On one hand, condition-specific instruments of musculoskeletal disorders measure symptoms and disabilities relevant to specific conditions and are useful for assessing responses to treatments. On the other hand, general health status instruments measure multiple aspects of health, including physical function, mental health, and social function. Although generic measures may not be as sensitive to the disability experienced by patients, general health status measurements generally correlate with condition-specific instruments that address musculoskeletal manifestation (Ostendorf et al., 2004; SooHoo et al., 2002). This implies that musculoskeletal complaints influence general health status and that a considerable proportion of variation in general health status can be attributed to regional musculoskeletal disability.

Hand & Wrist

The Michigan hand questionnaire (MHQ) is a hand specific and patient-based subjective assessment (Chung et al., 1998). The questionnaire assesses a patient’s perception to function, pain, satisfaction, and aesthetic appearance. The original MHQ has been used with almost all types of hand disorders, and its reliability, validity, and responsiveness has been validated for a range of upper extremity conditions, such as carpal tunnel syndrome, distal radius fractures, and rheumatoid arthritis (Chatterjee and Price, 2009; Kotsis et al., 2007; Roh et al., 2011; Waljee et al., 2010). The questionnaire itself consists of 57 items, and distinguishes between left and right hands over six domains, including overall hand function, activities of daily living, pain, work performance, aesthetics, and patient satisfaction with function. Each domain is scored from 0 to 100, by which a lower score denotes worse disability save except for the pain domain for which the opposite holds true. The final score is obtained by averaging the six scores after reversing the pain score.

Patient-rated wrist evaluation score (PRWE) is a reliable and valid tool for quantifying patient-rated wrist pain and disability in the setting of distal radius fractures treatment (MacDermid et al., 1998). The questionnaire is completed by the patient themselves and consists of two domains, pain and function. There are five items in the pain domain and ten items in the function domain. The response to each item is scored on a scale of 0–10. The pain score is the sum of five items, with the worst possible score of 50, and the disability (function) score is the sum of ten items divided by 2.


The Constant-Murley questionnaire is a shoulder specific and clinician-based assessment with acceptable reliability and validity (Gilbart and Gerber, 2007), and is the most widely used questionnaire in Europe (Kirkley et al., 2003). This instrument consists of 4 function items and 5 physical examination items. As the measurements are fundamentally different, the functional and physical examinations are scored separately, as opposed to being combined for a total score.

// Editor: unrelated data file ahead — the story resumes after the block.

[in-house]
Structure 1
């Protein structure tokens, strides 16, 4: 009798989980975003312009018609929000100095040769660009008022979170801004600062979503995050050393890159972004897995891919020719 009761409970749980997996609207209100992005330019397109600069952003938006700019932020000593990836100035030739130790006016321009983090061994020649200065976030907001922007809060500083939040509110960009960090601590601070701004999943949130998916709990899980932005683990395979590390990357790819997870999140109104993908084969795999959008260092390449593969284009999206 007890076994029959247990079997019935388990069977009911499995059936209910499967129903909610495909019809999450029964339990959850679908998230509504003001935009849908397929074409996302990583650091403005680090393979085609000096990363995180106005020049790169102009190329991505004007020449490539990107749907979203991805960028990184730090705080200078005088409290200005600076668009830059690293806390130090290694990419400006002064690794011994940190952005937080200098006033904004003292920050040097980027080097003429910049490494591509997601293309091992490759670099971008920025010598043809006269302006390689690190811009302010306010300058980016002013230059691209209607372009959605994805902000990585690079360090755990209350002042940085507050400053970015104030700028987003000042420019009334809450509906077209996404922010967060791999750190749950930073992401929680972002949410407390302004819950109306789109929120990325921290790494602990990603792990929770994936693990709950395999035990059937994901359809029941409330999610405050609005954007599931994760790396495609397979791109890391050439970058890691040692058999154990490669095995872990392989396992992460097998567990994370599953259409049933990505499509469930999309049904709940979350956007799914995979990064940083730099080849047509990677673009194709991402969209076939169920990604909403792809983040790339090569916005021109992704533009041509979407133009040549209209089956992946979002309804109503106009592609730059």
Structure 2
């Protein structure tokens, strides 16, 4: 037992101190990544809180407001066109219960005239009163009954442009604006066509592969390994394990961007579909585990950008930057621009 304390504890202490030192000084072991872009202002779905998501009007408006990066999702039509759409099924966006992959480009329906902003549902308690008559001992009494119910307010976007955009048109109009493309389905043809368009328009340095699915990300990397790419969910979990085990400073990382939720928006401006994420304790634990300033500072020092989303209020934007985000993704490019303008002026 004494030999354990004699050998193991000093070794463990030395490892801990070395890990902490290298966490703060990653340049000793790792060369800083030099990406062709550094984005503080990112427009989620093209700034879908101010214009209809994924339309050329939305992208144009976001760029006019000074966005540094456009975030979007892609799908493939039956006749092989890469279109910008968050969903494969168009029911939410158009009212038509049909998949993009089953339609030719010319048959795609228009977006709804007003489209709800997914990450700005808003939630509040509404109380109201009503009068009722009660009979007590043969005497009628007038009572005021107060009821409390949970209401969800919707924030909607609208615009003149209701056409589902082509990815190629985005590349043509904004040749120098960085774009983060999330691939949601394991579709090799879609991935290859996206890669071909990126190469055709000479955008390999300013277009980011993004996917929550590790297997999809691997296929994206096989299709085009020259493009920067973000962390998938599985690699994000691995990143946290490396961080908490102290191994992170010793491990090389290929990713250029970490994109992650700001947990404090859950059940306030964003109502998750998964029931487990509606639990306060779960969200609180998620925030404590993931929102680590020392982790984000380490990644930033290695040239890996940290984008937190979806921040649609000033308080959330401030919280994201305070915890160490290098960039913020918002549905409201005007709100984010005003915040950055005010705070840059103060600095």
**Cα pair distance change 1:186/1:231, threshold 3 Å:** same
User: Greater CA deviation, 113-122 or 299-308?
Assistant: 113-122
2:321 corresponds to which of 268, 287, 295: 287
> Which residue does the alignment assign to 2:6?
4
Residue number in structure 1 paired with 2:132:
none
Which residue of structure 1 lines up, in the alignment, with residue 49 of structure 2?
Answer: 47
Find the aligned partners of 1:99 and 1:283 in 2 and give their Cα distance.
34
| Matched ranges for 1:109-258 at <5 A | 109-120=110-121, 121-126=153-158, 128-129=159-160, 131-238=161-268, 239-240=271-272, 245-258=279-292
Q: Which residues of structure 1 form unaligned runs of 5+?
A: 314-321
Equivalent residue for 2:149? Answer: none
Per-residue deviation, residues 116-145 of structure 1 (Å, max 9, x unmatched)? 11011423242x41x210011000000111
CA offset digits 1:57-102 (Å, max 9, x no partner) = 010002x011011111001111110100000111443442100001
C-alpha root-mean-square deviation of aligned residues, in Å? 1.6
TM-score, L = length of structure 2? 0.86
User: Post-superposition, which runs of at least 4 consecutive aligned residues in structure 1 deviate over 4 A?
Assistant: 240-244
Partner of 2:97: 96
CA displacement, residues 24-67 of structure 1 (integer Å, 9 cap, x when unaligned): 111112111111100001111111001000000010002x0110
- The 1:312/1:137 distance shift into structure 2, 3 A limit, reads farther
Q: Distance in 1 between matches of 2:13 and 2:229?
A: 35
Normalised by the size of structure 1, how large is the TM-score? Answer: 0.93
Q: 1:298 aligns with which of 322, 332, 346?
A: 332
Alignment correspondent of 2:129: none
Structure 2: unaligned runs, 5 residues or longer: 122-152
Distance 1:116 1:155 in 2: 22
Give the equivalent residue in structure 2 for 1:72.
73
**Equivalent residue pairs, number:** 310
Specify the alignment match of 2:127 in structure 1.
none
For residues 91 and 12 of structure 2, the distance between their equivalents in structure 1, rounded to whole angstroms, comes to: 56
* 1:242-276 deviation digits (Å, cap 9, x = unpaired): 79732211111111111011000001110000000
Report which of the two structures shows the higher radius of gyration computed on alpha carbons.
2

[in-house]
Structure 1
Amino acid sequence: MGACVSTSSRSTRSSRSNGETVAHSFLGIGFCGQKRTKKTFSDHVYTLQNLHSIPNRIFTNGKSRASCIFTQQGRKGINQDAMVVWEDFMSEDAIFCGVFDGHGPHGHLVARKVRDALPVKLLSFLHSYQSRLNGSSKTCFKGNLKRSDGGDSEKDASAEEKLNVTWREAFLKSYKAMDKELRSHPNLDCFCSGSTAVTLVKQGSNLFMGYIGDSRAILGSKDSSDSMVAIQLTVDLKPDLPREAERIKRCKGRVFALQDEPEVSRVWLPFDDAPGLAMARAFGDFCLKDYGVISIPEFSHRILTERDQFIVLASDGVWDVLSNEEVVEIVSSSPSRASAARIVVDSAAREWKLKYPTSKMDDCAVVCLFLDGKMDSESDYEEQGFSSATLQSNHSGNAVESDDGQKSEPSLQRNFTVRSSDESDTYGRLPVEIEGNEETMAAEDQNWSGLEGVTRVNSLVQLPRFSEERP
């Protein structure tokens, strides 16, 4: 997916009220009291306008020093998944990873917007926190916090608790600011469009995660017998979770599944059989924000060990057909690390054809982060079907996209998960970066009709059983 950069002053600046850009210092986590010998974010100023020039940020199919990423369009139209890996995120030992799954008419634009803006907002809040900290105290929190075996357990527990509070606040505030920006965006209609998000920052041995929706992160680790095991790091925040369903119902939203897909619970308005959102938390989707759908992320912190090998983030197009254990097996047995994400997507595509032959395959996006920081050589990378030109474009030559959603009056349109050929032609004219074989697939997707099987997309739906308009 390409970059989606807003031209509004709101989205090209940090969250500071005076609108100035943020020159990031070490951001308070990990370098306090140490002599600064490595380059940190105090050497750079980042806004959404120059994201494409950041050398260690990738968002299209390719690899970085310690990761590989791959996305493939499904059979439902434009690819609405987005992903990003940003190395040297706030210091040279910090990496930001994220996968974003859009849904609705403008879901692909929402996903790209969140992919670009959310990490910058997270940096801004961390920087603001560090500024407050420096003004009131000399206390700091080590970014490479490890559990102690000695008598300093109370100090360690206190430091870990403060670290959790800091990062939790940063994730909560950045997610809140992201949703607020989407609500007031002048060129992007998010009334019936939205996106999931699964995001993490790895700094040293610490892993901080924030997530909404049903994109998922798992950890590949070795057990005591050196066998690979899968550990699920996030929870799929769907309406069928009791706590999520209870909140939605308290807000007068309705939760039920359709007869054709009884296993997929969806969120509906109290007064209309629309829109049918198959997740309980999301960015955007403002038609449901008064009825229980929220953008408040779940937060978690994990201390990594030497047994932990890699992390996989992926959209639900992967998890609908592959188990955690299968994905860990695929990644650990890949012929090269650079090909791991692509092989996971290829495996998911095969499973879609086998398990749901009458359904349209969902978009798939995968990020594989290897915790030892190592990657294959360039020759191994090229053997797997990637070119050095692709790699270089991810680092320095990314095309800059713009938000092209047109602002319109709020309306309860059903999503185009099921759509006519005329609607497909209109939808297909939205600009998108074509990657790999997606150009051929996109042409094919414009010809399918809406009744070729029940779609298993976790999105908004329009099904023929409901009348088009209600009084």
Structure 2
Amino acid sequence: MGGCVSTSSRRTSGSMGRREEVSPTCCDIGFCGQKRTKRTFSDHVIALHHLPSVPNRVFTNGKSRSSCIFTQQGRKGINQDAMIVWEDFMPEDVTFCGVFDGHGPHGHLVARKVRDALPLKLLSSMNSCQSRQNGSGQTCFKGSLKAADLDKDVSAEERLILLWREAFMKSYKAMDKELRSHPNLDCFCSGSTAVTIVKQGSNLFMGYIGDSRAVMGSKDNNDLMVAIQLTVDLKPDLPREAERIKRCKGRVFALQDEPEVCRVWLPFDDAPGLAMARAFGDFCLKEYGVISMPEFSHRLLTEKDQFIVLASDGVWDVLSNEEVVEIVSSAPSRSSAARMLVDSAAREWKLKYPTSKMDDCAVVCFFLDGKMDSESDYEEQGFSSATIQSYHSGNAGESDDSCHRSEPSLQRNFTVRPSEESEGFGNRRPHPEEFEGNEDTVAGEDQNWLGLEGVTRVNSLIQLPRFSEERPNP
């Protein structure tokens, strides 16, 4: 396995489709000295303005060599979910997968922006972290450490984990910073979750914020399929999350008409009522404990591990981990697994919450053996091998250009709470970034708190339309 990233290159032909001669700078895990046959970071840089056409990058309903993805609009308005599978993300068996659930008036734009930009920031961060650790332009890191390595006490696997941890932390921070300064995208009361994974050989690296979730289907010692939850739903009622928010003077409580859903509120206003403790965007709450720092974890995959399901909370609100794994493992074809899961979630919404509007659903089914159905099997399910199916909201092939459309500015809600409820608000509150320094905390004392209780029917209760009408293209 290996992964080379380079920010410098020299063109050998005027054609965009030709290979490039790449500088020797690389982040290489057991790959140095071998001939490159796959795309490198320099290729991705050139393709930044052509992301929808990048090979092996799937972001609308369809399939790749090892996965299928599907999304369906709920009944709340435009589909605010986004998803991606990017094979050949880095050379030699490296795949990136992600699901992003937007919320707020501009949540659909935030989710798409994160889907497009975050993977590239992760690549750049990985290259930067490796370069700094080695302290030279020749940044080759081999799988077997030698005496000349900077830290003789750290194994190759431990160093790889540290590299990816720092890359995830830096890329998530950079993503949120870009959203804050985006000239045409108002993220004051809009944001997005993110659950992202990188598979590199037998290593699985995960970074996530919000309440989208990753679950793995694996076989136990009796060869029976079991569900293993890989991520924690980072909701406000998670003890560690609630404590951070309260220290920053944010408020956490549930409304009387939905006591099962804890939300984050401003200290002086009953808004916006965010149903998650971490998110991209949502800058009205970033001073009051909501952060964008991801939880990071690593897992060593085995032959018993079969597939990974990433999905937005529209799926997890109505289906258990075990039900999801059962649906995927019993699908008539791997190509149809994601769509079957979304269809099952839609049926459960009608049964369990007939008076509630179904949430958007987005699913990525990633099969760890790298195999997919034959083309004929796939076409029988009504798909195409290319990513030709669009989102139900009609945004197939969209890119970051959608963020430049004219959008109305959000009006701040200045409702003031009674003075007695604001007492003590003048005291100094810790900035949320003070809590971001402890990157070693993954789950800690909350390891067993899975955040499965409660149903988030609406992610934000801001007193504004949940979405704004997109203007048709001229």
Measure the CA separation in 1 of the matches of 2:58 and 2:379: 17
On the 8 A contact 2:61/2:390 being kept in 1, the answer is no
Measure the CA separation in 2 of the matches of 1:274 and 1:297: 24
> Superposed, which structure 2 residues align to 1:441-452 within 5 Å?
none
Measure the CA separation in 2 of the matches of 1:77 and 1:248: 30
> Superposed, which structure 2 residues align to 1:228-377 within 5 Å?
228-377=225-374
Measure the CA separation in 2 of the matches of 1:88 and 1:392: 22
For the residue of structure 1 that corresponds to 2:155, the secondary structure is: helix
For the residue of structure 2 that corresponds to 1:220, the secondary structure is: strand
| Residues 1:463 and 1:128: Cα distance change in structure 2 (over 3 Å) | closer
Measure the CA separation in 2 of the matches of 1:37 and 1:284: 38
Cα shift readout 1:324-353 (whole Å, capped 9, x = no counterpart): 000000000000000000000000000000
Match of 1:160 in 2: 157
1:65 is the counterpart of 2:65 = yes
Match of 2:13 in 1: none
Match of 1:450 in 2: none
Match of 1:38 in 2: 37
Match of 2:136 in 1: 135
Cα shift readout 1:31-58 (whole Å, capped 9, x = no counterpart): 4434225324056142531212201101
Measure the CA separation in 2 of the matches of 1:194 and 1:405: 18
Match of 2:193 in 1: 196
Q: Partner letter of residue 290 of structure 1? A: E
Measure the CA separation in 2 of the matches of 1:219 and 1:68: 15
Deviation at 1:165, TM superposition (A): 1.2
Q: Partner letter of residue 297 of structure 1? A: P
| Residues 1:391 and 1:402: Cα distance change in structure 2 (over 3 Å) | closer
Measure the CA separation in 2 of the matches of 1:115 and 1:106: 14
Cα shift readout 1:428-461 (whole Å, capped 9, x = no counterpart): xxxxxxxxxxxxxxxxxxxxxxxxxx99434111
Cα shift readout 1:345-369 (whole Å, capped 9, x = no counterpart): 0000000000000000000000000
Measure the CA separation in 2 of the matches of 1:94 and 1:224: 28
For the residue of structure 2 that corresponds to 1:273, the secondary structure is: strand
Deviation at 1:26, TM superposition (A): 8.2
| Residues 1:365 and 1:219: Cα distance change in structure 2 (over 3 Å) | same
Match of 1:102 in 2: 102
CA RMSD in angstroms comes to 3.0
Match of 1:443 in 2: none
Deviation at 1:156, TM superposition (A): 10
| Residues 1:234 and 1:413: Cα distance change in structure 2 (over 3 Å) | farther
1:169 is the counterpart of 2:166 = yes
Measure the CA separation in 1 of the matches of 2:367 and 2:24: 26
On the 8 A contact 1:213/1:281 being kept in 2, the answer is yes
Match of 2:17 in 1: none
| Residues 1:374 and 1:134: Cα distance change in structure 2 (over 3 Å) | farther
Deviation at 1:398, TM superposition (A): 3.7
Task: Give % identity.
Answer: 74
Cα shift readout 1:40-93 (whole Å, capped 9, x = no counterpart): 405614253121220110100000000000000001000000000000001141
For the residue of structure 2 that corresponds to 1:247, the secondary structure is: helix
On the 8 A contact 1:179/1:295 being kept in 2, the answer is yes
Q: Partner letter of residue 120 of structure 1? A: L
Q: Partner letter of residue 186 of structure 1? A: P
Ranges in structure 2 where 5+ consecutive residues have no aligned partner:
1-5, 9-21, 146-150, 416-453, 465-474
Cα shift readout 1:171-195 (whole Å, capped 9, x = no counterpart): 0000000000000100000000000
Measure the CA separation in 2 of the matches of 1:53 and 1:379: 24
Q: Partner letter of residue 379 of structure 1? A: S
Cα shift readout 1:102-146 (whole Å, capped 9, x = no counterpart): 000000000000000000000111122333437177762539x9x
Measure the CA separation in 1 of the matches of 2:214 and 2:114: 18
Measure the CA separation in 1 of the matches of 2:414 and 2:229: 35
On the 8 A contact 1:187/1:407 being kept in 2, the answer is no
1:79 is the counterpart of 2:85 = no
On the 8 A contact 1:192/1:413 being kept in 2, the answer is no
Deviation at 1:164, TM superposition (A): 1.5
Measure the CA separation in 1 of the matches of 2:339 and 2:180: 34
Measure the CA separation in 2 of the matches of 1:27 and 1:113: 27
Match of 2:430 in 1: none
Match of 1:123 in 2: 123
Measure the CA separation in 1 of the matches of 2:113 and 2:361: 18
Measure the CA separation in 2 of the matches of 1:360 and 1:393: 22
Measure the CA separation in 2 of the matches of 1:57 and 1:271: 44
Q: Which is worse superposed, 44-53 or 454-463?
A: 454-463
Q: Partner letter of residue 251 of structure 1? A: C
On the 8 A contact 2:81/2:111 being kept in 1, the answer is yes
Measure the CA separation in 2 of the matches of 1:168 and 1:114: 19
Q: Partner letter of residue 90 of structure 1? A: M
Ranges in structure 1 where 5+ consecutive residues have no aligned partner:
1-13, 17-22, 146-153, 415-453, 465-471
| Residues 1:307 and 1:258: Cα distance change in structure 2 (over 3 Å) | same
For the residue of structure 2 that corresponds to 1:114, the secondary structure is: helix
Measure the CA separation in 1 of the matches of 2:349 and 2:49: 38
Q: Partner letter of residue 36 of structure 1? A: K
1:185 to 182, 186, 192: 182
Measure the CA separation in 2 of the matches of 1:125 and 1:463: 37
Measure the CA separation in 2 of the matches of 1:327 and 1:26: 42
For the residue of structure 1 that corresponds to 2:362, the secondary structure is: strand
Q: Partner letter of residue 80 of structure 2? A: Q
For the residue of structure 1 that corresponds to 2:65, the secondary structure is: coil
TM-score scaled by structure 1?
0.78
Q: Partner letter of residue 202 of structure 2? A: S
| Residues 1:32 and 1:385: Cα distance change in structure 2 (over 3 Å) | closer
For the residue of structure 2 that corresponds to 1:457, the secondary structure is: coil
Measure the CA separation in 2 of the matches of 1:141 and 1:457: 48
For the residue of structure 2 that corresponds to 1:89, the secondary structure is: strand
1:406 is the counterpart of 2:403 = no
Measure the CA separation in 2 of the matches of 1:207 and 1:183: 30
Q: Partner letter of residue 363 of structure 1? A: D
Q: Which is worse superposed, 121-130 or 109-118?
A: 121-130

The simple shoulder test (SST) is a patient-based measure (Lippitt, 1993). It is a quick, subjective questionnaire composed of 12 questions with yes or no response. It was reported to be reliable, valid, and responsive (Godfrey et al., 2007). For each question, a patient indicates whether he or she is able to perform the indicated activity or not. The sum total score ranges from 0 (worst) to 12 (best) for shoulder function.

Oxford shoulder score (OSS) (Dawson et al., 1996) is a shoulder-specific, patient-based questionnaire composed of 12 questions for assessing pain perception and quality of life in patients with symptomatic pathologies of the shoulder. Each question on the questionnaire is scored 0–4, with four representing the best. Thus, it produces overall scores that range from 0 to 48, with 48 being the best outcome. The Oxford shoulder score is easy to complete, imposes very little burden to the patient, and provides reliable, valid, and responsive data about patient perceptions of shoulder problems (Christie et al., 2009; Kirkley et al., 2003). It is an internationally recognized orthopedic assessment instrument, is available in certain European languages. Its validity has been demonstrated through cross-cultural adaptation processes. (Berendes et al., 2010, Huber et al., 2004; Murena et al., 2010; Roh et al., 2012c)

Whole upper extremity

The disability of arm, shoulder and hand (DASH) is a self-administered, upper-extremity specific questionnaire that consists of 30 questions (Hudak et al., 1996). It includes physical functions, symptoms, and social function, work, sleep, and confidence items. Five responses are provided per question and are scored from 1 (without difficulty or no symptom) to 5 (unable to engage in activity or very severe symptom). Thus, the DASH provides the best possible score of 0 and the worst possible score of 100. The DASH evaluation is user-friendly, reliable, and valid for a range of upper-extremity disorders (Gummesson et al., 2003; Szabo, 2001), and is the best instrument for evaluating patients with disorders involving multiple upper limb joints.

Generic health status measure